The Decision Tree is one of the most popular classification algorithms in current use in Data Mining and Machine Learning.
This tutorial can be used as a self-contained introduction to the flavor and terminology of data mining without needing to review many statistical or probabilistic pre-requisites.
If you're new to data mining you'll enjoy it, but your eyebrows will raise at how simple it all is!
After having defined the job of classification, we explain how information gain (next Andrew Tutorial) can be used to find predictive input attributes.
We show how applying this procedure recursively allows us to build a decision tree to predict future events.
We then look carefully at a question so fundamental, it is the basis for much of all statistics and machine learning theory: how do you choose between a complicated model that fits the data really well and an "Occam's razor" model that is succinct yet not so good at fitting data (this topic will be revisited in later Andrew Lectures, including "Cross-validation" and "VC-dimension").
We also discuss the very wide world of improvements and tweaks on the basic decision tree idea.
This tutorial steps through the ideas from Information Theory that eventually lead to Information Gain...one of the most popular measures of association currently used in data mining.
We visit the ideas of Entropy and Conditional Entropy along the way.
Look at the lecture on Gaussians for discussion of Entropy in the case of continuous probability density functions.
Probability for Data Miners.
This tutorial reviews Probability starting right at ground level.
It is, arguably, a useful investment to be completely happy with probability before venturing into advanced algorithms from data mining, machine learning or applied statistics.
In addition to setting the stage for techniques to be used over and over again throughout the remaining tutorials, this tutorial introduces the notion of Density Estimation as an important operation, and then introduces Bayesian Classifiers such as the overfitting-prone Joint-Density Bayes Classifier, and the over-fitting-resistant Naive Bayes Classifier.
Probability Density Functions.
A review of a world that you've probably encountered before: real-valued random variables, probability density functions, and how to deal with multivariate (i.e. high dimensional) probablity densities.
Here's where you can review things like Expectations, Covariance Matrices, Independence, Marginal Distributions and Conditional Distributions.
Once you're happy with this stuff you won't be a data miner, but you'll have the tools to very quickly become one.
Gaussians, both the friendly univariate kind, and the slightly-reticent-but-nice-when-you-get-to-know-them multivariate kind are extremely useful in many parts of statistical data mining, including many data mining models in which the underlying data assumption is highly non-Gaussian.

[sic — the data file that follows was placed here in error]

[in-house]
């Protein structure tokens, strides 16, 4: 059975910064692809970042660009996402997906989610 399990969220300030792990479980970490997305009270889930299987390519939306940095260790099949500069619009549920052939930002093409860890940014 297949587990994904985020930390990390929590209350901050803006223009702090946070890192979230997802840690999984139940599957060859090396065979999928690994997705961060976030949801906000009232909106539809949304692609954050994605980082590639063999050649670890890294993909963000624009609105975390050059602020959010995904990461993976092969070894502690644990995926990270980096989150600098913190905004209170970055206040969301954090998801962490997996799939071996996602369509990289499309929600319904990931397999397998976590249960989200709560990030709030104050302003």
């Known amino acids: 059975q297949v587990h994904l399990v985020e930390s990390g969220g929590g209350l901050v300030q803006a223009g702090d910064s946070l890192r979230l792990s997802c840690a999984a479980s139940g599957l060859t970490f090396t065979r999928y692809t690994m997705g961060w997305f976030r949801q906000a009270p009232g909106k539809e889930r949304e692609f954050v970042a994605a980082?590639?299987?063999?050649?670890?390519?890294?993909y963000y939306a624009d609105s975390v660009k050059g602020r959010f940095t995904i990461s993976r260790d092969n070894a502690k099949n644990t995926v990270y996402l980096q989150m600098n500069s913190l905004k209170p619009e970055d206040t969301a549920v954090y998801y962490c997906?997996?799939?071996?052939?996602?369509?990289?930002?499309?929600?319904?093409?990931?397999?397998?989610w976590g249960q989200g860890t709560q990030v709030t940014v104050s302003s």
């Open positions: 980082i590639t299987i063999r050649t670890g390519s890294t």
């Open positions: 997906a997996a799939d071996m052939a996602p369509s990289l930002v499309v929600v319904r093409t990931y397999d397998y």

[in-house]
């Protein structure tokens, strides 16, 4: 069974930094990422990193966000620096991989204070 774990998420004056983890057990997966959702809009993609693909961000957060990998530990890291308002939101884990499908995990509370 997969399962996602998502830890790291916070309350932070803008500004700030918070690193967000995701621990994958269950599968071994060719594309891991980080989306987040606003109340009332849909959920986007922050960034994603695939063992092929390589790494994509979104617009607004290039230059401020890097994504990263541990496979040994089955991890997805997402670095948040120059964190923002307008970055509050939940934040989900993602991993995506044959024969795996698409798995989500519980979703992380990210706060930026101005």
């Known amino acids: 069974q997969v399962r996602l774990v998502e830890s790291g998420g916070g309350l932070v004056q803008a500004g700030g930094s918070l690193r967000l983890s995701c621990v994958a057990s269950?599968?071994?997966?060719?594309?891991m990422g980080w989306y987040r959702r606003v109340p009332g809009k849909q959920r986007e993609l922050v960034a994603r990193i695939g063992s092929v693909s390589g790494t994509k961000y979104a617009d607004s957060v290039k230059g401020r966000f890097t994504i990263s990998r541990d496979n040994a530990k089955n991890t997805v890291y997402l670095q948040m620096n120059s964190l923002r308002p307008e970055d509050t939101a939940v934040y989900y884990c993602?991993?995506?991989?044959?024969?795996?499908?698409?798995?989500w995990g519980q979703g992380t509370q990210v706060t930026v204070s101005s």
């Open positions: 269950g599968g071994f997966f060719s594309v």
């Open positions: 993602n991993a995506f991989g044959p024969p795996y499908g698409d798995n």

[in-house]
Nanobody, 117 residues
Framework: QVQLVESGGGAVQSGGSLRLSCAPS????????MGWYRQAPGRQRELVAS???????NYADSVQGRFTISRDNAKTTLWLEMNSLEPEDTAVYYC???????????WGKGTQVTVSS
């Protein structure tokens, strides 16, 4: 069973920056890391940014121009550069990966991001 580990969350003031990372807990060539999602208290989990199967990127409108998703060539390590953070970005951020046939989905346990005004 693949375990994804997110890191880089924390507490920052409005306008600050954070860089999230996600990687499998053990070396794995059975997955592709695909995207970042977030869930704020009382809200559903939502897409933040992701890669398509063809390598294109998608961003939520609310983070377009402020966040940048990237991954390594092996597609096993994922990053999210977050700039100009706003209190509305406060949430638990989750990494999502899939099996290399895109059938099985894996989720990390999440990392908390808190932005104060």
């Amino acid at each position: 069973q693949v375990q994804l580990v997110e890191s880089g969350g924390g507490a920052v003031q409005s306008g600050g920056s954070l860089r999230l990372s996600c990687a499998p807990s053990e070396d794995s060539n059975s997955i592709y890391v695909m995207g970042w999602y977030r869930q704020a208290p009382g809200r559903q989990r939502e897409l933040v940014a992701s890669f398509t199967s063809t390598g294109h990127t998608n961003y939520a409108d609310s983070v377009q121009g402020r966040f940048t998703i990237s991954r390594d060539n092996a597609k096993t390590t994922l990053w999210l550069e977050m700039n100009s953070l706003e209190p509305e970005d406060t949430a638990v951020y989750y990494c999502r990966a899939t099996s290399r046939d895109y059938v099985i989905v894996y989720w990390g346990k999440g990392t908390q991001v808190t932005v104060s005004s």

You need to be friend with multivariate Gaussians.
Maximum Likelihood Estimation.
MLE is a solid tool for learning parameters of a data mining model.
It is a methodlogy which tries to do two things.
First, it is a reasonably well-principled way to work out what computation you should be doing when you want to learn some kinds of model from data.
Second, it is often fairly computationally tractable.
In any case, the important thing is that in order to understand things like polynomial regression, neural nets, mixture models, hidden Markov models and many other things it's going to really help if you're happy with MLE.
Gaussian Bayes Classifiers.
Once you are friends with Gaussians, it it easy to use them as subcomponents of Bayesian Classifiers.
This tutorial show you how.
Cross-validation is one of several approaches to estimating how well the model you've just learned from some training data is going to perform on future as-yet-unseen data.
We'll review testset validation, leave-one-one cross validation (LOOCV) and k-fold cross-validation, and we'll discuss a wide variety of places that these techniques can be used.
We'll also discuss overfitting...the terrible phenomenon that CV is supposed to present.
And at the end, our hairs will stand on end as we realize that even when using CV, you can still overfit arbitrarily badly.
We begin by talking about linear regression...the ancestor of neural nets.
We look at how linear regression can use simple matrix operations to learn from data.
We gurgle with delight as we see why one initial assumption leads inevitably to the decision to try to minimize sum squared error.
We then explore an alternative way to compute linear parameters---gradient descent.
And then we exploit gradient descent to allow classifiers in addition to regressors, and finally to allow highly non-linear models---full neural nets in all their glory.
Instance-based learning (aka Case-based or Memory-based or non-parametric).
Over a century old, this form of data mining is still being used very intensively by statisticians and machine learners alike.
We explore nearest neighbor learning, k-nearest-neighbor, kernel methods and locally weighted polynomial regression.